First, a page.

T.sub.M corresponds to the solid solution to the degree that the carbon content T increases, we leave the solid solution and enter into the realm of phases.
Now, quite surprisingly, the properties of chromium coatings formed when their insertion element content ranges between T.sub.m and T.sub.M are entirely different from on the one hand those obtained by sputtering a chromium target in an environment free of products capable of forming solid solutions of insertions with chromium, and on the other hand from those obtained when the chromium target is sputtered in an environment where the content of these same elements is such that it leads to the formation of a coating in which the insertion element content is higher than T.sub.M.
In the absence of products capable of forming solid solutions of insertion with chromium, coatings with low hardness, that is less than 600 VH are obtained. Above an insertion element content of T.sub.M, the coatings formed show an increasing brittleness and a substantial decrease in fatigue resistance.
In contrast, for insertion element contents ranging between T.sub.m and T.sub.M, the coatings formed have all of the properties stated above in the summary at the same time. In other words, reactions between the two contents T.sub.m and T.sub.M is outside of the thermodynamic equilibrium range. The invention consists of producing a plating or coating in this crystallographic state constituents of which are outside the thermodynamic equilibrium range. For obtaining this result it is particularly favorable for the partial pressure of reactive elements in the treatment environment to range between one hundred thousandths (10.sup.-5) and one hundredth (10.sup.-2) torr.
If the element E is carbon or a substance capable of liberating carbon, for example methane or acetylene, the cathode sputtering is done under a partial vacuum in an environment of argon with which methane or acetylene is admixed.
According to one possible practice, and in a nonlimiting way, pieces which have not been heated initially are exposed to cathode sputtering. They undergo heating only by the radiation due to the presence of a plasma. In the known apparatus it is found that this heating by radiation brings the piece to an elevated temperature which becomes naturally stabilized at a temperature of the order of 200
Once the chromium coating has been applied, the sputtering is stopped and the piece is allowed to cool off naturally either by leaving it under a partial vacuum or, alternatively, in ambient air if the machine has been opened.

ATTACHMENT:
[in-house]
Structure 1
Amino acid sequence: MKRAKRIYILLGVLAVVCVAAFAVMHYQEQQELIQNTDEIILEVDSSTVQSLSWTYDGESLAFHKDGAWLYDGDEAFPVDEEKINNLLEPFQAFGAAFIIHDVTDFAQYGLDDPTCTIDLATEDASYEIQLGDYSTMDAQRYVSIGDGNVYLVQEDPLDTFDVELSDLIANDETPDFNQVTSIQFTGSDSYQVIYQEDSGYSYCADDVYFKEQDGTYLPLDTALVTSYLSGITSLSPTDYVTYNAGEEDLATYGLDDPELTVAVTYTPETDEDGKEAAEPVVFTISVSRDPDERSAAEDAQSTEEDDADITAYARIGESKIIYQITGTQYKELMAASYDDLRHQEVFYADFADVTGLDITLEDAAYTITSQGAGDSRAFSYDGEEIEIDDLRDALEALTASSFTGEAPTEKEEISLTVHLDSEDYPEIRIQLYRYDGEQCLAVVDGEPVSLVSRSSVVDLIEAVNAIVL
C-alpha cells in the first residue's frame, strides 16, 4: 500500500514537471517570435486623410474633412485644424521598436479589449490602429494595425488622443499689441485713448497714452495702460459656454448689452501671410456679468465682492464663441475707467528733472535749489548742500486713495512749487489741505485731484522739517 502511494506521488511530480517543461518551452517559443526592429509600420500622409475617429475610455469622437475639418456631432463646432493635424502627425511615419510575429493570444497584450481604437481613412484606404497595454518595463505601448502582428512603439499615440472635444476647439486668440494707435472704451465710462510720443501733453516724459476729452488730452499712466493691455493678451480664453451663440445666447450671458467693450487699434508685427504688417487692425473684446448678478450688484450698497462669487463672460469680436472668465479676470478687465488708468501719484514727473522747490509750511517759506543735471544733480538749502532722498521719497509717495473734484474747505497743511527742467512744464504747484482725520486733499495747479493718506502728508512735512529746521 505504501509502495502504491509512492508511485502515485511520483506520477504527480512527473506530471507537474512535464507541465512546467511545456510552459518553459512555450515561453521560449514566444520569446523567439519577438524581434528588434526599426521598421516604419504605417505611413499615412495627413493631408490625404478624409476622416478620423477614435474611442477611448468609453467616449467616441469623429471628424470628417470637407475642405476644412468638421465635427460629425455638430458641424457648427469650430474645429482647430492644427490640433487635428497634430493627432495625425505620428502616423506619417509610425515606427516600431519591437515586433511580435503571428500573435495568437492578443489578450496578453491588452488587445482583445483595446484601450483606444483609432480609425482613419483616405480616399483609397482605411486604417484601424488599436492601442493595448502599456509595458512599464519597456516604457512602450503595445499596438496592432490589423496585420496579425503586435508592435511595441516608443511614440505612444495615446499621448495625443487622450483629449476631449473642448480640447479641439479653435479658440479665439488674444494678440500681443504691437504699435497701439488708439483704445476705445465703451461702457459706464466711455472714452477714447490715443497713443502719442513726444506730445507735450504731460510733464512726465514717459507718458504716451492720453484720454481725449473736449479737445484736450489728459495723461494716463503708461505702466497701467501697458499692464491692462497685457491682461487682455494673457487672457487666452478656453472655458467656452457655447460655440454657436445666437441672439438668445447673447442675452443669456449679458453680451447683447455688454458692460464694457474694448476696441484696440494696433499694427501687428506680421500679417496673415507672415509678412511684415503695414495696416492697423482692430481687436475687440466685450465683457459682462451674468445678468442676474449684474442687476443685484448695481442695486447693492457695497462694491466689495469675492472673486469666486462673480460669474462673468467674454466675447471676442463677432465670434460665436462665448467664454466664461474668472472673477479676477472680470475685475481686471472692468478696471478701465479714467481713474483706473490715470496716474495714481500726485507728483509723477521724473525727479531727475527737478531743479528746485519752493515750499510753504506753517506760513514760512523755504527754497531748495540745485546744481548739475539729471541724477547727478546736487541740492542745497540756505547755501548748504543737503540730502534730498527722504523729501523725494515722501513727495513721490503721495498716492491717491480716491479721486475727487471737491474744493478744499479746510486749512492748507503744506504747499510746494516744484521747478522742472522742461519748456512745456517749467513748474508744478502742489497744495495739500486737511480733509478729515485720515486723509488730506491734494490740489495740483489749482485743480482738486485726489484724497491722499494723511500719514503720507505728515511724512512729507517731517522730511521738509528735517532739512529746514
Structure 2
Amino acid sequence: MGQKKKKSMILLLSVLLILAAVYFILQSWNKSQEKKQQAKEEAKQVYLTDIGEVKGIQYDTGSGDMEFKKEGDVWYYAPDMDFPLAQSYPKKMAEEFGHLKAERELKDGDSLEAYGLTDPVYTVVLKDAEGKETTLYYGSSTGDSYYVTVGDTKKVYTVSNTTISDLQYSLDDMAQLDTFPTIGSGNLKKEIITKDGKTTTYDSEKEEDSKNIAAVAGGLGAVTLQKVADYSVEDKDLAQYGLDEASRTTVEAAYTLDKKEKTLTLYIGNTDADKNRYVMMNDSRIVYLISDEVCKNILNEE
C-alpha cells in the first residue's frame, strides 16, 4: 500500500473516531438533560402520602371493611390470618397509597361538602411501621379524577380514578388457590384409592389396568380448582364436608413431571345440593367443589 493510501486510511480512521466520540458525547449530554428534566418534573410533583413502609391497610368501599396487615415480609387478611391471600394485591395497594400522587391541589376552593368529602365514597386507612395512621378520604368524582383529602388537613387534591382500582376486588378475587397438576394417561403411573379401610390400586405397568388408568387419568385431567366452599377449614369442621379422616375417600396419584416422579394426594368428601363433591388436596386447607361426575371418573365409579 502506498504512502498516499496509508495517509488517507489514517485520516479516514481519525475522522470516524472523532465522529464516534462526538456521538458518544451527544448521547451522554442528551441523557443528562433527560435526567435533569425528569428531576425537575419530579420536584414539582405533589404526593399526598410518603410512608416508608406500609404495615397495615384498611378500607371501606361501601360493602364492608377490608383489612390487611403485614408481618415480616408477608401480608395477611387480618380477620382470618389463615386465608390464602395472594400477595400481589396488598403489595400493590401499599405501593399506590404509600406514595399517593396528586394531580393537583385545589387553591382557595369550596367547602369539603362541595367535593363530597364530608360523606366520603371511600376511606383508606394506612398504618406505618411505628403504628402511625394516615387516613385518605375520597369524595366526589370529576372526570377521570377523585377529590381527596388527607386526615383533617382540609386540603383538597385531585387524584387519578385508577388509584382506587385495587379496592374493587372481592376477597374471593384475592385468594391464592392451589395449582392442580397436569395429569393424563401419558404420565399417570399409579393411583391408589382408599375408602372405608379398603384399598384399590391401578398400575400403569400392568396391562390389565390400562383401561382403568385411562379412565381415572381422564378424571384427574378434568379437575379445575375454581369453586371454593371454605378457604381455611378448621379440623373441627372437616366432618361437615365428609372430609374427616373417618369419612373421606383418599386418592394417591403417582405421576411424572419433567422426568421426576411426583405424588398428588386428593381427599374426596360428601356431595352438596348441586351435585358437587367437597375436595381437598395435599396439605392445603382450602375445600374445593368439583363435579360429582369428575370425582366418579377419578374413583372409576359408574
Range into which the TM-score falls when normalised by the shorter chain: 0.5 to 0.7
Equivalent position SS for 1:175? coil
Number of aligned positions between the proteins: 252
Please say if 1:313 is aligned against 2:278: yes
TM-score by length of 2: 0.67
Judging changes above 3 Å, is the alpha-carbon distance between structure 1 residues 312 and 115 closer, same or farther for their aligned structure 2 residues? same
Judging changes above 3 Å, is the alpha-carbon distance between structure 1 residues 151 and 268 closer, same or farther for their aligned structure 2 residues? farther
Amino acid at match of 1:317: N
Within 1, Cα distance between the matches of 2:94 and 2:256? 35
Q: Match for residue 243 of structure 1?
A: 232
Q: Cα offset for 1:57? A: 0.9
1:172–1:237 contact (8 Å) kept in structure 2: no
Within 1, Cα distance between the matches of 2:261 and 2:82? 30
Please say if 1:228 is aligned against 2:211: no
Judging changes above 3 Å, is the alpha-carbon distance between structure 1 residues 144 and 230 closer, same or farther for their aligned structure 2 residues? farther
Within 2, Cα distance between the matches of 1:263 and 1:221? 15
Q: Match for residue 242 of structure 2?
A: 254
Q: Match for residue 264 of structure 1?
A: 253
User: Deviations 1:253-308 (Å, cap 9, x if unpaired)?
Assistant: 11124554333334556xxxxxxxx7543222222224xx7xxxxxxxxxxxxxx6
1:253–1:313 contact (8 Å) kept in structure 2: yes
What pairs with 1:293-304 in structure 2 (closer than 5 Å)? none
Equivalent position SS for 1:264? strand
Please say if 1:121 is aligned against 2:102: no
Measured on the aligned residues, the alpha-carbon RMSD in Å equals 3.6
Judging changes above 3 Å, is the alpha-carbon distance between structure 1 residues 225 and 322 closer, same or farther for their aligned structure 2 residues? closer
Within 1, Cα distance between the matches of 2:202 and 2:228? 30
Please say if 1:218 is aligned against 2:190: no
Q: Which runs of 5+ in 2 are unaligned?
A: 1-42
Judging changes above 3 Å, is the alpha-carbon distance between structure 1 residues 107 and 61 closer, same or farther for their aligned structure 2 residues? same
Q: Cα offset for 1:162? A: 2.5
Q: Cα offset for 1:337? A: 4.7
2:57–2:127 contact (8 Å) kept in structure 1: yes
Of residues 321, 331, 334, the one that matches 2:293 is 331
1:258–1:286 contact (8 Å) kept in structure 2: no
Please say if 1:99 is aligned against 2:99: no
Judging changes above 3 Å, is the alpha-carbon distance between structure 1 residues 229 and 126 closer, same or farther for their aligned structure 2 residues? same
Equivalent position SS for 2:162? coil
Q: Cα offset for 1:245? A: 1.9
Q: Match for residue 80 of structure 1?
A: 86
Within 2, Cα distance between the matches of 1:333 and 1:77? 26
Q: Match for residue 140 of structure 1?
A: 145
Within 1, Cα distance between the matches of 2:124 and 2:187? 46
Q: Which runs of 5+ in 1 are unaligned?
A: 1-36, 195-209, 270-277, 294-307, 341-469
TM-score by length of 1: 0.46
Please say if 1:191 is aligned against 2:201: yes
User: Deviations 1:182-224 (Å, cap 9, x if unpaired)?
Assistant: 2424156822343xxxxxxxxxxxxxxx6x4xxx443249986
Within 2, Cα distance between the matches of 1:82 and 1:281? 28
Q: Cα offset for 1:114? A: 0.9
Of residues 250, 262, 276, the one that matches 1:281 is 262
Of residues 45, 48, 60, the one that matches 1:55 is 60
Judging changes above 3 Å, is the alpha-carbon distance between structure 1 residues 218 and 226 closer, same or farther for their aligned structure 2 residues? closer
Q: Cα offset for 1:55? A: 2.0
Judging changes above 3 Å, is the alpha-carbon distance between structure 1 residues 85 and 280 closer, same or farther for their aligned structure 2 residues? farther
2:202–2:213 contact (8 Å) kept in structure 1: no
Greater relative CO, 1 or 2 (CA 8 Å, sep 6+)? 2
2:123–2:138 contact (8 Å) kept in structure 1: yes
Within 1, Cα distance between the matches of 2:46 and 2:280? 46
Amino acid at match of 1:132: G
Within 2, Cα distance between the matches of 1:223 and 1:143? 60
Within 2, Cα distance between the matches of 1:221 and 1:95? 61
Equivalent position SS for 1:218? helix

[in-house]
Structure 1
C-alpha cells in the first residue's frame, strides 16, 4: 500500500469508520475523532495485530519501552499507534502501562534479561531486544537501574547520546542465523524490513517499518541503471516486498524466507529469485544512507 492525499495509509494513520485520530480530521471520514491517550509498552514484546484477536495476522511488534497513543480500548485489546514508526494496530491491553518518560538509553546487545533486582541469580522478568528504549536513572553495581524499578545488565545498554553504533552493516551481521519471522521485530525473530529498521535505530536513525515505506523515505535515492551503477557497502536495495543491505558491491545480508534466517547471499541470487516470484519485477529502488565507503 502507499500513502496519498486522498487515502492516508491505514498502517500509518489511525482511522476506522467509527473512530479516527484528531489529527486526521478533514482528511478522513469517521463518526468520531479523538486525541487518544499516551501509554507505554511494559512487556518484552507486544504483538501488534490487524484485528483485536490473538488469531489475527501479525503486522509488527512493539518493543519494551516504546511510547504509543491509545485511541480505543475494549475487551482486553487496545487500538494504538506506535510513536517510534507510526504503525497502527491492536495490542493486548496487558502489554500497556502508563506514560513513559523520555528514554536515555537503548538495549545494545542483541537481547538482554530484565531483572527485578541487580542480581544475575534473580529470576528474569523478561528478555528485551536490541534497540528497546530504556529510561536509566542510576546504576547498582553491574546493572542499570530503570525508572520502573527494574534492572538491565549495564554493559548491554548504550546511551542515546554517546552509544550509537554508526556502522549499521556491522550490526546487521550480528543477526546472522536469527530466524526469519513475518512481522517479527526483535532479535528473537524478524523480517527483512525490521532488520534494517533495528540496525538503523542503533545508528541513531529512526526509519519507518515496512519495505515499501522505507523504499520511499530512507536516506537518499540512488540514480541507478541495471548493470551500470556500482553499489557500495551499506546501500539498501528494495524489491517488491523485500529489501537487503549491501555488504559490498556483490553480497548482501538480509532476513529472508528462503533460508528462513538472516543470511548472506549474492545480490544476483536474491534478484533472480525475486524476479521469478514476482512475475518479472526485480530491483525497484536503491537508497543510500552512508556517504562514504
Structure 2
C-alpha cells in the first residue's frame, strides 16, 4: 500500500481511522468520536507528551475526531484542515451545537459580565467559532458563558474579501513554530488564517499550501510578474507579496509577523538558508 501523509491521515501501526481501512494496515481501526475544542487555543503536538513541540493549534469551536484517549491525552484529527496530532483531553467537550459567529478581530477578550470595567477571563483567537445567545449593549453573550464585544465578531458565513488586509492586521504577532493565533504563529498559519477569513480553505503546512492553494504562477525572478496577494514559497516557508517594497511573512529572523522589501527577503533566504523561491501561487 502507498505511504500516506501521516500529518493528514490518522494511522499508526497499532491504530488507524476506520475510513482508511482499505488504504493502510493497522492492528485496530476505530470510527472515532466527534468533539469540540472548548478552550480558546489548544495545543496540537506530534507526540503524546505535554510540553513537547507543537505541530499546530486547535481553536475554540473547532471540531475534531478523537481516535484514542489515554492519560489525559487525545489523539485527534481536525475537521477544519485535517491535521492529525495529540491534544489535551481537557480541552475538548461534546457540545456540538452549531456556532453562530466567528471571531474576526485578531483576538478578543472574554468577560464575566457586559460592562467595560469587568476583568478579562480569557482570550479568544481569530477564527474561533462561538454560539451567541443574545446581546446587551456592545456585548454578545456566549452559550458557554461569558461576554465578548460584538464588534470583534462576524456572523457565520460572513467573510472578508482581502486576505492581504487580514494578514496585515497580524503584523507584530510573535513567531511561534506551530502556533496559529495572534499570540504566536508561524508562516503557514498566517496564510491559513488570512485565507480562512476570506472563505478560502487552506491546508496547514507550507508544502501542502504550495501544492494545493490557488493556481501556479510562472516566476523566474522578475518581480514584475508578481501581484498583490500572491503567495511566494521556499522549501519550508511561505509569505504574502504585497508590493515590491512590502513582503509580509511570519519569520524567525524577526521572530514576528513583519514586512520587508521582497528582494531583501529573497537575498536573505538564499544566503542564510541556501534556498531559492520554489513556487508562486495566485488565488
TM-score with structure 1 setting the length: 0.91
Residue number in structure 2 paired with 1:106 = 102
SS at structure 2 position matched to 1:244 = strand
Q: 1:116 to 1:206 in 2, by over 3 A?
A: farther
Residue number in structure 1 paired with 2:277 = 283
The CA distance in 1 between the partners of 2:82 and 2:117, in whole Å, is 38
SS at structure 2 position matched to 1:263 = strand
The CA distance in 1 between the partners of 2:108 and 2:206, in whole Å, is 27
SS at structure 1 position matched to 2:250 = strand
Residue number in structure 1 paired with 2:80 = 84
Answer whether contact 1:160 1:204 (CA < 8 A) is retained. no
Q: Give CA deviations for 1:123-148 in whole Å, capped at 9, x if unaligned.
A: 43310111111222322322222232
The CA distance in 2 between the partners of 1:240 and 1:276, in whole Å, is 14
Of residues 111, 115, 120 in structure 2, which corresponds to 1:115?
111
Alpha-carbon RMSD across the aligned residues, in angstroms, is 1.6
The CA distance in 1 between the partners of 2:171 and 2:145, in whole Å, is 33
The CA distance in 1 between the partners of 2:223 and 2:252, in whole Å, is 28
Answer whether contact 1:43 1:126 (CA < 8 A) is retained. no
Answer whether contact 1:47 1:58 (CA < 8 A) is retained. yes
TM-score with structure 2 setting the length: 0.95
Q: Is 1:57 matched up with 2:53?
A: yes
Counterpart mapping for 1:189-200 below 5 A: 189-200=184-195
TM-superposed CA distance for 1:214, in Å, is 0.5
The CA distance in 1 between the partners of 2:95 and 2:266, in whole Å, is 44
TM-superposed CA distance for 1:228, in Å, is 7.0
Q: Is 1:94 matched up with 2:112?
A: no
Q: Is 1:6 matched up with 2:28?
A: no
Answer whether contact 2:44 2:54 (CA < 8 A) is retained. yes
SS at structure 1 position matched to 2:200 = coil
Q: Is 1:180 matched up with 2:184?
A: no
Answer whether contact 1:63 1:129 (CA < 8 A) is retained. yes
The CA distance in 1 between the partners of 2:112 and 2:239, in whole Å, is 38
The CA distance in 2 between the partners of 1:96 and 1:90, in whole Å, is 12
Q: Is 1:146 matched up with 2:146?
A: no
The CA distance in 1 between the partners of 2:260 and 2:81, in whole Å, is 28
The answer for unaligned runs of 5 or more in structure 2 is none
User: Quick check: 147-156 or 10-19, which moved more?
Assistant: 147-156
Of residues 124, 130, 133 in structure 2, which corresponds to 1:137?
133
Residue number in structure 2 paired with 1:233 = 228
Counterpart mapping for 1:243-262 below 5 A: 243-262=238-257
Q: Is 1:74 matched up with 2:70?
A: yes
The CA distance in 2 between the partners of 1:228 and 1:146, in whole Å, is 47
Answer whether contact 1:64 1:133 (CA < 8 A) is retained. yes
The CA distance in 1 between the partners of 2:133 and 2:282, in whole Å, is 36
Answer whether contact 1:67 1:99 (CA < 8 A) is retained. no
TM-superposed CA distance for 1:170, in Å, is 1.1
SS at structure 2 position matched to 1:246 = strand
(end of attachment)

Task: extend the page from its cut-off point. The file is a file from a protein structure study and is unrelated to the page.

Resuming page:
Below is given, as a nonlimiting example, a description of the remarkable properties of a coating made according to the method of the present invention, the coating being based on carbon. Results of the same type are obtained with nitrogen, or even a mixture of carbon and nitrogen, and, more generally in all the cases where the treatment environment contains a substance capable of forming solid solutions of insertion with chromium.
By the technique of cathode sputtering, a chromium target was sputtered on steel substrate. The sputtering was done under a reduced pressure of about one thousandth (10.sup.-3) torr of argon. In this way coatings fifteen thousandths of a millimeter (0.015 mm) in thickness on the substrates were achieved in about thirty (30) minutes deposition time.
By operating under the same operating conditions each time, that is, at the same power of discharge, distance of pieces from cathode, and polarization voltage, etc., coatings free of carbon (Case 1), coatings containing eighteen percent (0.18%) by weight of carbon (Case 2), coatings according to the present invention containing one and twenty two hundredths of a percent (1.22%) by weight of carbon (Case 3) and coatings containing ten percent (10%) by weight of carbon (Case 4) were compared. Comparisons were also made with a classic hard electroplated chromium coating (Case 5).
It will be noted that in Cases 1 and 2 the carbon content of the coating is less than T.sub.m ; in Case 3, according to the invention, it falls between T.sub.m and T.sub.M ; and in Case 4 it is higher than T.sub.M.
These carbon contents differing from one coating to the other were obtained by causing the partial pressure of carbon to vary in the treatment environment.
The following results were obtained:
(a) Mean microhardness of the coating (in Vickers Number):
______________________________________Case 1 Case 2 Case 3 Case 4 Case 5______________________________________600 1310 2200 2600 1000-1100______________________________________
It will be noted that the coating according to the present invention (Case 3) has a distinctly higher hardness than that of a coating free of carbon (Case 1) and distinctly higher too than that of a coating of classical hard electroplated chromium (Case 5). By contrast, when the carbon content is higher than T.sub.M (Case 4) the hardness increases still further but is then accompanied by a brittleness due to the presence of carbide Cr.sub.23 C.sub.6.
(b) Resistance to fatigue in the mass:
The test pieces tested were of the rotary deflection type of tempered steel type 35 C D 4 tempered at five hundred and seventy degrees celcius (570 minute.